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Cyclists must curb their recklessness

I’m sure that Joel A. Feingold meant well when he wrote about cyclists and drivers in last Sunday’s Globe, but in his zeal to stand up for the rights of bicyclists, he overlooks the other side of the story (“Key changes needed to drive safety message home to motorists”).

I cannot count the times over the last 20 years that I have seen cyclists behaving recklessly. They are supposed to obey the rules of the road, just as drivers are. Yet they run red lights, make dangerous turns, weave in and out of traffic, ride in the dark without lights or reflectors, ride on sidewalks and nearly strike pedestrians, and pay attention to their MP3 players or cellphones and not to the road.

Feingold’s proposal to put the presumption of fault on drivers and make criminal charges more likely when a driver-cyclist collision occurs is especially troubling. My sole experience with “dooring” happened when two boys, who were seen weaving in and out of traffic and running red lights, ran into my already-opened door. Luckily, witness statements and the cyclist’s own admission that he was “flying” down the road saved me from expensive surcharges.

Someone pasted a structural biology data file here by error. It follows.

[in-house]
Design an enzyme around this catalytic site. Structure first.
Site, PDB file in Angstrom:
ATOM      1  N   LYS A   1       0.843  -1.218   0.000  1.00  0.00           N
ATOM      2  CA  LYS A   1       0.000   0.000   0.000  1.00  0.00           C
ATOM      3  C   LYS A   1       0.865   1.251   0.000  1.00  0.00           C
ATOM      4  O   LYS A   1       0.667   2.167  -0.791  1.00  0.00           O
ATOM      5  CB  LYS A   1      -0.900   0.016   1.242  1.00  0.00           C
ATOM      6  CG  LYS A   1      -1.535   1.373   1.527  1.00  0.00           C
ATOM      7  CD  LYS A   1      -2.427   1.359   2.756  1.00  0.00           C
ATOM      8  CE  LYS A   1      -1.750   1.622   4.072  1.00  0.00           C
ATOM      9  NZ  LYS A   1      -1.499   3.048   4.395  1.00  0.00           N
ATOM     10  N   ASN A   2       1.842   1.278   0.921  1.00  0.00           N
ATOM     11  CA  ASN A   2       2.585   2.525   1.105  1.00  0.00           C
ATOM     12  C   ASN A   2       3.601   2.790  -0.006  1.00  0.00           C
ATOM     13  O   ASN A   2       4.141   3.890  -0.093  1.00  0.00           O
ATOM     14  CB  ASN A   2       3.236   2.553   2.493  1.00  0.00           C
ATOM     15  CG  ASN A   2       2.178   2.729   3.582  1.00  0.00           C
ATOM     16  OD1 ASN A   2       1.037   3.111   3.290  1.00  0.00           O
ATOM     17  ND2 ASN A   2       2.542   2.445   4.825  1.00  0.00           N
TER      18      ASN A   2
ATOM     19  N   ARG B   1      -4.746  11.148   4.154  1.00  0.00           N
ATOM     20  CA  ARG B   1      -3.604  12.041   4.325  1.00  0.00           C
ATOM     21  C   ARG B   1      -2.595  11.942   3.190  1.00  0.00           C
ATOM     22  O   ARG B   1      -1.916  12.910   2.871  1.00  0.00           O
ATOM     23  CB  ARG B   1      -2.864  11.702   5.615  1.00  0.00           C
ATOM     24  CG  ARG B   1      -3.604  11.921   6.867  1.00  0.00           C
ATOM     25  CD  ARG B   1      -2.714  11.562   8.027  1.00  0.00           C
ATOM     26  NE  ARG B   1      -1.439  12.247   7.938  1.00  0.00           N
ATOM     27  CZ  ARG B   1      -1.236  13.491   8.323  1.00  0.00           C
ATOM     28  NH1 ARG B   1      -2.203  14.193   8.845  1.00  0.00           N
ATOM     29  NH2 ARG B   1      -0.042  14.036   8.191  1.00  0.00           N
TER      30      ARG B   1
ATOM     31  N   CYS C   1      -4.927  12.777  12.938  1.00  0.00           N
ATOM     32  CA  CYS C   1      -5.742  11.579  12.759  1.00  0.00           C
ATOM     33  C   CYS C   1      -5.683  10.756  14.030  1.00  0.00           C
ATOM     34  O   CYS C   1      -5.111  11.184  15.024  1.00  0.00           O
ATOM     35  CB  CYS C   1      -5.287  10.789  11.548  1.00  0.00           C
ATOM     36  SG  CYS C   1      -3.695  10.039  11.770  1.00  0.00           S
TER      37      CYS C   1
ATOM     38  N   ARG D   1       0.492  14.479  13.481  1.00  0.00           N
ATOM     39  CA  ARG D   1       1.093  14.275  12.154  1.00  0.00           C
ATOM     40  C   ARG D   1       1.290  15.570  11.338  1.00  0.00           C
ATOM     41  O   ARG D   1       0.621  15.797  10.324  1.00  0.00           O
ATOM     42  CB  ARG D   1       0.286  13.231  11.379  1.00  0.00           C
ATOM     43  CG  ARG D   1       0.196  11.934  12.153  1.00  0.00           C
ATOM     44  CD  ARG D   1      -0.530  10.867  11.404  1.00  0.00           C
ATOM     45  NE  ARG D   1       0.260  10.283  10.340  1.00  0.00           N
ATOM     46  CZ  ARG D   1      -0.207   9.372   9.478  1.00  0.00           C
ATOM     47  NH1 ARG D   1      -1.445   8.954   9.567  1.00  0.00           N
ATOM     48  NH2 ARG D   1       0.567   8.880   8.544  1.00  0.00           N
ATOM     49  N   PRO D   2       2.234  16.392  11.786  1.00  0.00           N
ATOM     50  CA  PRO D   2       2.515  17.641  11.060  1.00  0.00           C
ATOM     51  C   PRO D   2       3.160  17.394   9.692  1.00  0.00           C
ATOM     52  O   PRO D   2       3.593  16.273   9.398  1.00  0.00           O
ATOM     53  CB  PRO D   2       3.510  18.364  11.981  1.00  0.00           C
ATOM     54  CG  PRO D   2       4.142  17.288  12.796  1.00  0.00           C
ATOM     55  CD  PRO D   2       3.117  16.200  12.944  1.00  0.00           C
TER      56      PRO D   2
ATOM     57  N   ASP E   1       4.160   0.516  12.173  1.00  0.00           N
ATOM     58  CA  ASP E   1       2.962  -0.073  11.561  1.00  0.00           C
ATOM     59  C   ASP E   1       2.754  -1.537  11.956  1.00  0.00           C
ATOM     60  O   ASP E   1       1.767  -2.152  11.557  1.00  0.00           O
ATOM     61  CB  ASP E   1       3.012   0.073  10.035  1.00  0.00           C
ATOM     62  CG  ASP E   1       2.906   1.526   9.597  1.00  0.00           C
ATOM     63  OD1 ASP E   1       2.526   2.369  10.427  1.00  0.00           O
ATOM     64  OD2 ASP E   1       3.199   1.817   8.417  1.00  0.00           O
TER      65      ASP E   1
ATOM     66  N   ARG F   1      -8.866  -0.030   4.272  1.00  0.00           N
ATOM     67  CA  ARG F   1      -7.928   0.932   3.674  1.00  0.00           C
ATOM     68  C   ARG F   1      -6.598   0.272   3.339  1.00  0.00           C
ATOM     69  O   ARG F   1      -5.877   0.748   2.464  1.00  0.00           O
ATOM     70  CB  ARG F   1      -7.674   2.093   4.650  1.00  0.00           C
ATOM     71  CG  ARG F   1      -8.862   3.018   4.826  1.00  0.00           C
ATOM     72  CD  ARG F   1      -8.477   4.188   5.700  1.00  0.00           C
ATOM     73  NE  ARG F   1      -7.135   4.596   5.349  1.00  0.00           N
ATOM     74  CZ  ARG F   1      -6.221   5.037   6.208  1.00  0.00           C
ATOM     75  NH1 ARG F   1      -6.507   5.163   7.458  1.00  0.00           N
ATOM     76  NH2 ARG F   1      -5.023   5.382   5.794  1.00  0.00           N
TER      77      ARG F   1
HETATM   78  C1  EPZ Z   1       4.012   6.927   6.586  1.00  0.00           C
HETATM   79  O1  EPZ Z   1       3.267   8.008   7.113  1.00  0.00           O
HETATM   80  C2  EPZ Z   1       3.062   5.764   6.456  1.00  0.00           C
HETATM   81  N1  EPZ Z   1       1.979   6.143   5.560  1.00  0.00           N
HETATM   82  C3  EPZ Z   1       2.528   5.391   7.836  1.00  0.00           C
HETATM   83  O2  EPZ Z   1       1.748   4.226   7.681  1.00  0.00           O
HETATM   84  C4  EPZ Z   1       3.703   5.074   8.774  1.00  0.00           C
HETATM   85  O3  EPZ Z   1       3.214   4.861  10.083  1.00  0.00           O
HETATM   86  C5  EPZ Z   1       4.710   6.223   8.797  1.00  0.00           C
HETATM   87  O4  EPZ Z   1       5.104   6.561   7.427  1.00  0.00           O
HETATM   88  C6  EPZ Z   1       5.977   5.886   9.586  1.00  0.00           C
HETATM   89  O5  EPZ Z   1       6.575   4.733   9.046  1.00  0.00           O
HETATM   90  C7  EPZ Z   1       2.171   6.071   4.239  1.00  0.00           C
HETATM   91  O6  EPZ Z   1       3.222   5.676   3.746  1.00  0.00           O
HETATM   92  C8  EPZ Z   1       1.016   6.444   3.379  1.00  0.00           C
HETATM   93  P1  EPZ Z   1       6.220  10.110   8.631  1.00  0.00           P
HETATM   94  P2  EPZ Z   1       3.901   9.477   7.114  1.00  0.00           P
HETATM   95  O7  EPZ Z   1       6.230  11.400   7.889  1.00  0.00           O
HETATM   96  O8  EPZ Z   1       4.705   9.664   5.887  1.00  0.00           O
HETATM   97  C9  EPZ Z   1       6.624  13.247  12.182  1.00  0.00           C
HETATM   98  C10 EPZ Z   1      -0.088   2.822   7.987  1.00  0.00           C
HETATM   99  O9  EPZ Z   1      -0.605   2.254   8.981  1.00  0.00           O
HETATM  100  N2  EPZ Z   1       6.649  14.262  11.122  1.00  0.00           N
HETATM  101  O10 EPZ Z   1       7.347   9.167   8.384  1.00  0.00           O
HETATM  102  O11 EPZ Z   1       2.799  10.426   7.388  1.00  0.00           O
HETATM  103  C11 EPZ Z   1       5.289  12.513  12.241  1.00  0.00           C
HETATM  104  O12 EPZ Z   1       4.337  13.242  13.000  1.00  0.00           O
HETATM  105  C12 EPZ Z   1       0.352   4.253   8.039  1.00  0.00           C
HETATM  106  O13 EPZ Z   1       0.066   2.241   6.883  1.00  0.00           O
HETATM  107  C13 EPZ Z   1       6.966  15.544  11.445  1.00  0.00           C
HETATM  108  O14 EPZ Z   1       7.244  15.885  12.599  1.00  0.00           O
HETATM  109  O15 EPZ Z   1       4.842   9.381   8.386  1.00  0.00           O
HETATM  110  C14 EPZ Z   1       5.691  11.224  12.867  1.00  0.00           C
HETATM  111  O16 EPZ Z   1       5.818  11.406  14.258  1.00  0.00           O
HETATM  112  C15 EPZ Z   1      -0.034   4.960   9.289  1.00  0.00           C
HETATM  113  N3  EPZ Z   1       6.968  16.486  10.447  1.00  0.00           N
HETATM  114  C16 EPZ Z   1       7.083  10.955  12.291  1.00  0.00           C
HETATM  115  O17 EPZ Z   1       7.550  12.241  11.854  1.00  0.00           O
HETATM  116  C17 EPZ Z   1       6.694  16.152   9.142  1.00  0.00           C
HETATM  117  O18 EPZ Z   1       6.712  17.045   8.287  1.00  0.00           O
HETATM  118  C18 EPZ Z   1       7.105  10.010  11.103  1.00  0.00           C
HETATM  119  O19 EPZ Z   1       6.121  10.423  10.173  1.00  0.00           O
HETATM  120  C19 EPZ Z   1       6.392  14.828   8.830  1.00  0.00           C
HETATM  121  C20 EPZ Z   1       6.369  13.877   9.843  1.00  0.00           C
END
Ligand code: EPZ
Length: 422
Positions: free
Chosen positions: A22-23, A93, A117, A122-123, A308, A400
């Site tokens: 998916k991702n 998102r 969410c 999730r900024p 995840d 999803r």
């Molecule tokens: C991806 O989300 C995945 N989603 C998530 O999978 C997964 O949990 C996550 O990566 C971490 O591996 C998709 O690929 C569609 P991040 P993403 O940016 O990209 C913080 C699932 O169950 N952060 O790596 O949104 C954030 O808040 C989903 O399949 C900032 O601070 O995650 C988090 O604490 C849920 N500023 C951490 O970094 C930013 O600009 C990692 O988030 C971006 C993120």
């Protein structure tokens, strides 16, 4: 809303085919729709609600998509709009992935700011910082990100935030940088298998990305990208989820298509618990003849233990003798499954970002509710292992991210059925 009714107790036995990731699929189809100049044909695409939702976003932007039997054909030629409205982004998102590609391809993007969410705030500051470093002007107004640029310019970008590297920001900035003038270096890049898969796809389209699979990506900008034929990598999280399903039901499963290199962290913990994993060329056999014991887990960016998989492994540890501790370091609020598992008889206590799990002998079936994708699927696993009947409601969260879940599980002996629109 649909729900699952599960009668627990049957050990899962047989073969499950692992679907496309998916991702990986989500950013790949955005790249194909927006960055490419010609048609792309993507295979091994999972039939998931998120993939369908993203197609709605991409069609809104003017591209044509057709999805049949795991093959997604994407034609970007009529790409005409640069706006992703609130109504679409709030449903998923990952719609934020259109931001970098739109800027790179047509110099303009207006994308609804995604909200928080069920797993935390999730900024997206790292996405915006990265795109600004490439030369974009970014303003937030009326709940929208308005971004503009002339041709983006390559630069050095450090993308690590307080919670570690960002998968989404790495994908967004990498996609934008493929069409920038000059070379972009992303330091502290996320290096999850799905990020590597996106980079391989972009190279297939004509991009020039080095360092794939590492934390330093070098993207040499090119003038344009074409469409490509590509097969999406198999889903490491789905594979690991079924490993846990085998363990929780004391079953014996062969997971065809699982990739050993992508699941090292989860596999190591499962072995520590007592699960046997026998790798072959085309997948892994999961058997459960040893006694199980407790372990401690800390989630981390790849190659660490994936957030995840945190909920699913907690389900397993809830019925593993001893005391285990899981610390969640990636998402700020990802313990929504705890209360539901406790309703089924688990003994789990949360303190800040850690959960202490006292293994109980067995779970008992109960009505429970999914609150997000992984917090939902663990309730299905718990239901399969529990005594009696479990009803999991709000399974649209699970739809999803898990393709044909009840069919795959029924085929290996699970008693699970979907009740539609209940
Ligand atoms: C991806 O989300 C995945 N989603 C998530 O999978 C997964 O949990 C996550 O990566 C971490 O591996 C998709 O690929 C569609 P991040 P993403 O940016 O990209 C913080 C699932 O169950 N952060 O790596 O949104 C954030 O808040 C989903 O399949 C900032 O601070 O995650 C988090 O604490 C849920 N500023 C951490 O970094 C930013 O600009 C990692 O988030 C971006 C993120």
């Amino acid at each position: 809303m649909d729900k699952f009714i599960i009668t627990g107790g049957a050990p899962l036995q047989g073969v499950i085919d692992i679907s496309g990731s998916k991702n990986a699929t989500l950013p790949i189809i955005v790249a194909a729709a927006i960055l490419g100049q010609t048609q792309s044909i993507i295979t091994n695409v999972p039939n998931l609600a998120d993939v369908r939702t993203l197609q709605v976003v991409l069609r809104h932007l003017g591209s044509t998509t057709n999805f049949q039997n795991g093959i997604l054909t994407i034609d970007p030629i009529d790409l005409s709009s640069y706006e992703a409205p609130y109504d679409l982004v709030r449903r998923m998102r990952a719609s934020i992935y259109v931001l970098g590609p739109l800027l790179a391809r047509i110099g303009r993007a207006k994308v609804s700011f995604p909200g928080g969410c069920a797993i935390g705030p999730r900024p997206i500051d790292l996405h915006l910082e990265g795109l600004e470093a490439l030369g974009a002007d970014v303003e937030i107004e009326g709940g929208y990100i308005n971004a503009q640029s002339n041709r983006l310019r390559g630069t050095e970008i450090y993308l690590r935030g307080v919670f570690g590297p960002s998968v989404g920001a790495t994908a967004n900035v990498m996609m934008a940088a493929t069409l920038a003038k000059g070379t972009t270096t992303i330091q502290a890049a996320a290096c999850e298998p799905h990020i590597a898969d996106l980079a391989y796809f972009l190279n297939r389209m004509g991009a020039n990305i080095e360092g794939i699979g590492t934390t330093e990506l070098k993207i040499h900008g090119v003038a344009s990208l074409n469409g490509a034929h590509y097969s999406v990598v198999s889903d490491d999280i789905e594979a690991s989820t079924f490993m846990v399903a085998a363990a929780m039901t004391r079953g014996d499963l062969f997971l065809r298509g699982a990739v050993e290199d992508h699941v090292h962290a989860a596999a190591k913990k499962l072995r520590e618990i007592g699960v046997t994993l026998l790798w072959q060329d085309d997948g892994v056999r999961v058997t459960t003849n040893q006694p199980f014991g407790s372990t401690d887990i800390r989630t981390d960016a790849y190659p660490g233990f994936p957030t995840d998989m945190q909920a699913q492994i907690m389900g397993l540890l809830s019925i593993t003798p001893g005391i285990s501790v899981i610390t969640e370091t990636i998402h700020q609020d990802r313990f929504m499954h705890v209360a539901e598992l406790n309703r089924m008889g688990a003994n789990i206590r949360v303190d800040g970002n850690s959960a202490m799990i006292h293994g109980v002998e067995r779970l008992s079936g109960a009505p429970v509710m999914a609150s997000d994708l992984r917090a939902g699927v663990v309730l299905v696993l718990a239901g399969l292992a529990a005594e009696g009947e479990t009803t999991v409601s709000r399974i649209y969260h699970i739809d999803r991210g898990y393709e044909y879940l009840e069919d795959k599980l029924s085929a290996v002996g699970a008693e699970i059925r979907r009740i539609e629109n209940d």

I do like Feingold’s proposal about prohibiting cellphones; however, that should be extended to cyclists as well.

Drivers should indeed be required to be aware of their surroundings, but so should cyclists. All too often, they act as if they are invisible and immune from legal and physical consequences, and this “key paradigm” must change if we are to significantly reduce the number of driver-cyclist collisions.

Jon Melick